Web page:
Legal development

Ashurst Governance and Compliance Update Issue 19

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     Queen's Speech – key corporate issues

    1. Queen's Speech contains Audit Reform Bill

    Modern slavery and supply chain disclosure

    2. FRC research: Modern slavery reporting requires significant improvement

    3. Supply chain disclosure – FR Lab guidance published

    ESG – Sustainability reporting

    4. Consultation launched on EU Sustainability Reporting Standards

    Narrative Financial Reporting - Auditor remuneration

    5. ICAEW updates guidance on disclosure of auditor remuneration

     Narrative Financial Reporting – ESEF and diversity reporting

    6. FCA publishes final instrument implementing changes to its Handbook

    Queen's Speech - key corporate issues

    1. Queen's Speech contains Audit Reform Bill

    The Queen's Speech 2022 has been published. Despite numerous articles in the press to the contrary, an Audit Reform Bill is one of 38 different legislative measures that will make up the agenda for this session of Parliament. The Bill will bring forward legislation based on the government's 2021 'Restoring trust in Audit and Corporate Governance' consultation, feedback on which will be published 'shortly'.

    The stated purpose of the draft Bill is to:

    • Rebuild trust in the UK’s audit, corporate reporting and corporate governance system and the insolvency regulatory framework.
    • Ensure accountability for those with key roles in that system.
    • Increase resilience and choice in the statutory audit market – reinforcing the UK’s reputation as a world-leading destination for investment.

    The main elements of the draft Bill will:

    • Establish the new statutory regulator, by reconstituting the Financial Reporting Council as the Audit, Reporting and Governance Authority and giving ARGA effective powers to enforce directors’ financial reporting duties, supervise corporate reporting, and oversee and regulate the accountancy and actuarial professions.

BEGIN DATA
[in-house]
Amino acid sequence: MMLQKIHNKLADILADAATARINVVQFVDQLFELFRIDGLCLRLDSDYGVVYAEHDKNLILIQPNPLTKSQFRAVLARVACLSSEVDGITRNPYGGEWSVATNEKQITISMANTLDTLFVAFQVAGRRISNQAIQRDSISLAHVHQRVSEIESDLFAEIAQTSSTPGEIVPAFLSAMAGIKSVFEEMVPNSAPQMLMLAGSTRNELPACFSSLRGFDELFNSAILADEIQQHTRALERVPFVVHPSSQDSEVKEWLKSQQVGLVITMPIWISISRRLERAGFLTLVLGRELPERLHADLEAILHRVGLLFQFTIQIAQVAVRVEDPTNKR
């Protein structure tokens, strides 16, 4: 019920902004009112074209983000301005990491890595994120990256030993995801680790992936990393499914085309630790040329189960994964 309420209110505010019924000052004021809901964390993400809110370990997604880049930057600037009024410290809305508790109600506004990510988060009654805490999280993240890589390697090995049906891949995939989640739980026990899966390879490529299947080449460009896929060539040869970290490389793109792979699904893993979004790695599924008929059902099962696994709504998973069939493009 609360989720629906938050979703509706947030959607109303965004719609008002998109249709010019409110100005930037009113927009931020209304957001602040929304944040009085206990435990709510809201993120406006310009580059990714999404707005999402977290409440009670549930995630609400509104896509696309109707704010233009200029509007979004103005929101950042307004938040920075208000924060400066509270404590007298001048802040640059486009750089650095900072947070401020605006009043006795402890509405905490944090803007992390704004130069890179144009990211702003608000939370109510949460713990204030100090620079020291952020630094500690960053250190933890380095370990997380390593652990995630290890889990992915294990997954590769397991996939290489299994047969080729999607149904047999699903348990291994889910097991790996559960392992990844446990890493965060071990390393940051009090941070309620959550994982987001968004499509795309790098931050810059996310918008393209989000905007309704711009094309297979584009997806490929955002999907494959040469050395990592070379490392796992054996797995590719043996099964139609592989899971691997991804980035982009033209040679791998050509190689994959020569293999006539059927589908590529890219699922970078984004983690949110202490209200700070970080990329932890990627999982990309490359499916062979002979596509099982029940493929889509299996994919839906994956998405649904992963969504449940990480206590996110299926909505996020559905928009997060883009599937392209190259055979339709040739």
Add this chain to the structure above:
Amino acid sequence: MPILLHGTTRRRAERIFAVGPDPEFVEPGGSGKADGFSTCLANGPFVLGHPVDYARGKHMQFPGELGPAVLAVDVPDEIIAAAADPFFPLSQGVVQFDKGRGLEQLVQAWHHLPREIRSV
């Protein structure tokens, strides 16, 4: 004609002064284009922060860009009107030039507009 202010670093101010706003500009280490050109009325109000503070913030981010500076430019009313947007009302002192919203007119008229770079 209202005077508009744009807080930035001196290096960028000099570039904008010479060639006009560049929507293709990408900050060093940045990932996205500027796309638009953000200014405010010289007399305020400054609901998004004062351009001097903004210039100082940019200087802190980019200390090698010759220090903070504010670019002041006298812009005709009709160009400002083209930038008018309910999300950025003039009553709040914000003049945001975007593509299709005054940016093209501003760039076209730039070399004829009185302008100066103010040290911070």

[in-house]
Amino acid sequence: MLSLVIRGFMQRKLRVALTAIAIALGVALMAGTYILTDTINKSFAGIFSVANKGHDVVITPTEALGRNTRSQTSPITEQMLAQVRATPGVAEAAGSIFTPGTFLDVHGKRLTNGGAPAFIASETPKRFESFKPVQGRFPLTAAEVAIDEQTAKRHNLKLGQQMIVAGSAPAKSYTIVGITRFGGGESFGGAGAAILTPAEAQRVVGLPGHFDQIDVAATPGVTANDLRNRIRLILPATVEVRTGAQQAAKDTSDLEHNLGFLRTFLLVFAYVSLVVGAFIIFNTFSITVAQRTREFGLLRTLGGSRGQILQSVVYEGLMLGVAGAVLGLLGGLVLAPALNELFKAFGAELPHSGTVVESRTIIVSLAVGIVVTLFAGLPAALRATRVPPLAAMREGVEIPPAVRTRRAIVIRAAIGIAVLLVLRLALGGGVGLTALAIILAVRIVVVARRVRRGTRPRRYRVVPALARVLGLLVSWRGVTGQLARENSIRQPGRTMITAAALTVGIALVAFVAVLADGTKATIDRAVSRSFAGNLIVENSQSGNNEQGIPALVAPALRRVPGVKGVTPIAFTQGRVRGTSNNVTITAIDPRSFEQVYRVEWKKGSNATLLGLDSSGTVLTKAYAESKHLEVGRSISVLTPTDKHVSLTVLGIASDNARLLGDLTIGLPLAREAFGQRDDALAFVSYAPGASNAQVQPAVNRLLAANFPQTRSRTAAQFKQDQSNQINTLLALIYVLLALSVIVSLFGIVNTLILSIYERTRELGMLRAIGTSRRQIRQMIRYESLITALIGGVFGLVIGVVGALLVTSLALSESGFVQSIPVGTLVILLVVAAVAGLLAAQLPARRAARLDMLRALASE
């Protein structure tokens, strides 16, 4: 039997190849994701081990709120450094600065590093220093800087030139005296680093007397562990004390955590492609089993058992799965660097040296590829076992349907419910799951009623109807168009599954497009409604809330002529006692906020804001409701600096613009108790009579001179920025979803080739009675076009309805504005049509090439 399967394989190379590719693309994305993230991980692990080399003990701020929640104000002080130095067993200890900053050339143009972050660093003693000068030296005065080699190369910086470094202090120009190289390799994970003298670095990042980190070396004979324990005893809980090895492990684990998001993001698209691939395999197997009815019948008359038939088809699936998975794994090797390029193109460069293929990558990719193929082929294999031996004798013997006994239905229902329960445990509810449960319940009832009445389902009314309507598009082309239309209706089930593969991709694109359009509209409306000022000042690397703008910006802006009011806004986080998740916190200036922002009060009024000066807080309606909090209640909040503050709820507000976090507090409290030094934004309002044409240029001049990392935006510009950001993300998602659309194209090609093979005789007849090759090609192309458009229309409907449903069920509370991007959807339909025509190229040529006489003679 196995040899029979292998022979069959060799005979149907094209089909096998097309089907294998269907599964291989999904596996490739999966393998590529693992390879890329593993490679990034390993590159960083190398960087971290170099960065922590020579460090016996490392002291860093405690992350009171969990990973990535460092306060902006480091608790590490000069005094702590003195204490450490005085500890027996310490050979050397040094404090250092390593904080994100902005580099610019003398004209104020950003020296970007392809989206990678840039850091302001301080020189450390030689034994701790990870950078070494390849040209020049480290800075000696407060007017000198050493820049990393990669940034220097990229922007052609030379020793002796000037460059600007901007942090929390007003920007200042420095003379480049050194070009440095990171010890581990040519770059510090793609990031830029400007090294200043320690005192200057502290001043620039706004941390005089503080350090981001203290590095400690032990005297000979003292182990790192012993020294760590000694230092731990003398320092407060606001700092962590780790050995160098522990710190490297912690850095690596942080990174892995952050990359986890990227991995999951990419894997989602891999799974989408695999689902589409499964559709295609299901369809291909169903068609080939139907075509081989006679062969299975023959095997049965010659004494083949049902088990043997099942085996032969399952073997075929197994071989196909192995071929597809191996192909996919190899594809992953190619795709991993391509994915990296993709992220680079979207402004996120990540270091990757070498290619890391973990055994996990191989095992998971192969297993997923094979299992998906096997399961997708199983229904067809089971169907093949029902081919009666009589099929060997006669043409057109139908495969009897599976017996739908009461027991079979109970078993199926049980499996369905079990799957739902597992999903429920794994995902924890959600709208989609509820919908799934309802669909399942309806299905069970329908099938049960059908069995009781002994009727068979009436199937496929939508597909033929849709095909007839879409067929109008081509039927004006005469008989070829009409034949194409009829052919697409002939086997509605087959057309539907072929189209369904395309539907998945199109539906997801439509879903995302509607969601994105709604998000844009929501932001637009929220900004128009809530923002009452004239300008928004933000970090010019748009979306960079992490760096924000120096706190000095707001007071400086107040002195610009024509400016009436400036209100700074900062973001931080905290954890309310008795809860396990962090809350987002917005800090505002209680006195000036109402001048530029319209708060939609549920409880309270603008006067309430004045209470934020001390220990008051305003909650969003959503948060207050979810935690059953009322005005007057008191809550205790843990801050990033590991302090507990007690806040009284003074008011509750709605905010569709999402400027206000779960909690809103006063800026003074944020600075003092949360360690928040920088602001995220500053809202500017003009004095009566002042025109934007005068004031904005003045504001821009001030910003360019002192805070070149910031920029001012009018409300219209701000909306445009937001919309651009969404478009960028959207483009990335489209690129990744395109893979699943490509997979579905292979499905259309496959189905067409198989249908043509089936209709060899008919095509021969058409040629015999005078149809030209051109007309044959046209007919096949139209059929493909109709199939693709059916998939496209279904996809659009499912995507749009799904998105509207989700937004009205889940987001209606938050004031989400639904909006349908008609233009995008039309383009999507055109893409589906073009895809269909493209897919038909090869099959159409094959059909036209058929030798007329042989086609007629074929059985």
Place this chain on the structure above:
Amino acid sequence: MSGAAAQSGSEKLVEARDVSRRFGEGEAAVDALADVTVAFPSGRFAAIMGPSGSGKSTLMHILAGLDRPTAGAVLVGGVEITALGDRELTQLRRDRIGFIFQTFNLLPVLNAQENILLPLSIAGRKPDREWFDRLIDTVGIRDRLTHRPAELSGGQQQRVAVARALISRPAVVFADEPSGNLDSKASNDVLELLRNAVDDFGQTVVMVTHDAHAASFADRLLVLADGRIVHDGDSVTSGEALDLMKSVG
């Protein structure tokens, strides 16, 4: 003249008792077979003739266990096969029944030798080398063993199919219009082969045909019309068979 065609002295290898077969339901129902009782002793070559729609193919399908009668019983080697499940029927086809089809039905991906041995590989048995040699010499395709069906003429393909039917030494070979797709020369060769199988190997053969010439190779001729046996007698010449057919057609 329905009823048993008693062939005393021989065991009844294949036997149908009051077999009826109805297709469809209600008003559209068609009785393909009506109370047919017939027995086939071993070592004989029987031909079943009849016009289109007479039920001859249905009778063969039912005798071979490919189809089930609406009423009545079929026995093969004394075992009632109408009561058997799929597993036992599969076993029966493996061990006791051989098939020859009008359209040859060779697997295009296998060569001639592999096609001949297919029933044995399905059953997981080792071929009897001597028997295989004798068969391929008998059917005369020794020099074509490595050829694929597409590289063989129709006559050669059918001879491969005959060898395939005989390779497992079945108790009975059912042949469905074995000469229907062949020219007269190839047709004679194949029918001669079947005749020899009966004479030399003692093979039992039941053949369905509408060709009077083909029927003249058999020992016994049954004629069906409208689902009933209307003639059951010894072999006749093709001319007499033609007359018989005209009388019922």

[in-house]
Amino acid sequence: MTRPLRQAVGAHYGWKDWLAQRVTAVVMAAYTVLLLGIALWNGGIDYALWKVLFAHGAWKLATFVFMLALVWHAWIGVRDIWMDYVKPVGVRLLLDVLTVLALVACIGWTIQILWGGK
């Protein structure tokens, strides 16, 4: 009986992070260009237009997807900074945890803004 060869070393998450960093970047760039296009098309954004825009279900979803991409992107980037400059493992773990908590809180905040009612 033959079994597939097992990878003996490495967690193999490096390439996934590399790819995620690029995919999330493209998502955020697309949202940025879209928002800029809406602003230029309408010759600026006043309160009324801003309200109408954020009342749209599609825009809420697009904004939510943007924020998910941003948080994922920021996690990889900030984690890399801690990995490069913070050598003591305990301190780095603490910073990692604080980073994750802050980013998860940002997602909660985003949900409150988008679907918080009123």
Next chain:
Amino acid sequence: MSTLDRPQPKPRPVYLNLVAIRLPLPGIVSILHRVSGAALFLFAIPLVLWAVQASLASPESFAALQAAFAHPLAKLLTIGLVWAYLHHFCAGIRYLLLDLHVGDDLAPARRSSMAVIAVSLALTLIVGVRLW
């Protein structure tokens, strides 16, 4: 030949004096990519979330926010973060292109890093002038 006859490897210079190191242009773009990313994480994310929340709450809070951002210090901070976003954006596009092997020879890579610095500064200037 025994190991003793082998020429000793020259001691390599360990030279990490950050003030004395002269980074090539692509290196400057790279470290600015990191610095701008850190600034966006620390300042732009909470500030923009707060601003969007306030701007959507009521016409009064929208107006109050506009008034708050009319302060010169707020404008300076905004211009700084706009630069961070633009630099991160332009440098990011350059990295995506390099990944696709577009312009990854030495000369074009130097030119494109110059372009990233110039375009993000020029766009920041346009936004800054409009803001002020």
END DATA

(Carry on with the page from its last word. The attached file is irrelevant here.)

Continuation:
• Provide new measures to open up the audit market, including a new approach of managed shared audits in which challenger firms undertake a share of the work on large-scale audits.
    • Bring the largest private companies in scope of audit regulation by including them in the definition of ‘public interest entities’.
    • Reform the regulation of Insolvency Practitioners to give greater confidence to creditors and strengthen corporate governance of firms in or approaching insolvency so that ‘asset stripping’ can be more effectively tackled.

    Ashurst comment: 'That the Bill is being brought forward is to be welcomed. Various aspects of the current audit and corporate governance regime are in need of repair and enhancement, not least the audit regulator itself. However, it will be interesting to see the extent to which some of the more controversial proposals have survived, and with ARGA being given powers to enforce certain directors' duties and the introduction of managed shared audits, it is clear that some of them have. What also remains to be seen is the government's appetite for pushing through the reforms given their likely breadth and the amount of Parliamentary and civil service time they will take up as a result'.

    Other Bills of note included in the Speech include: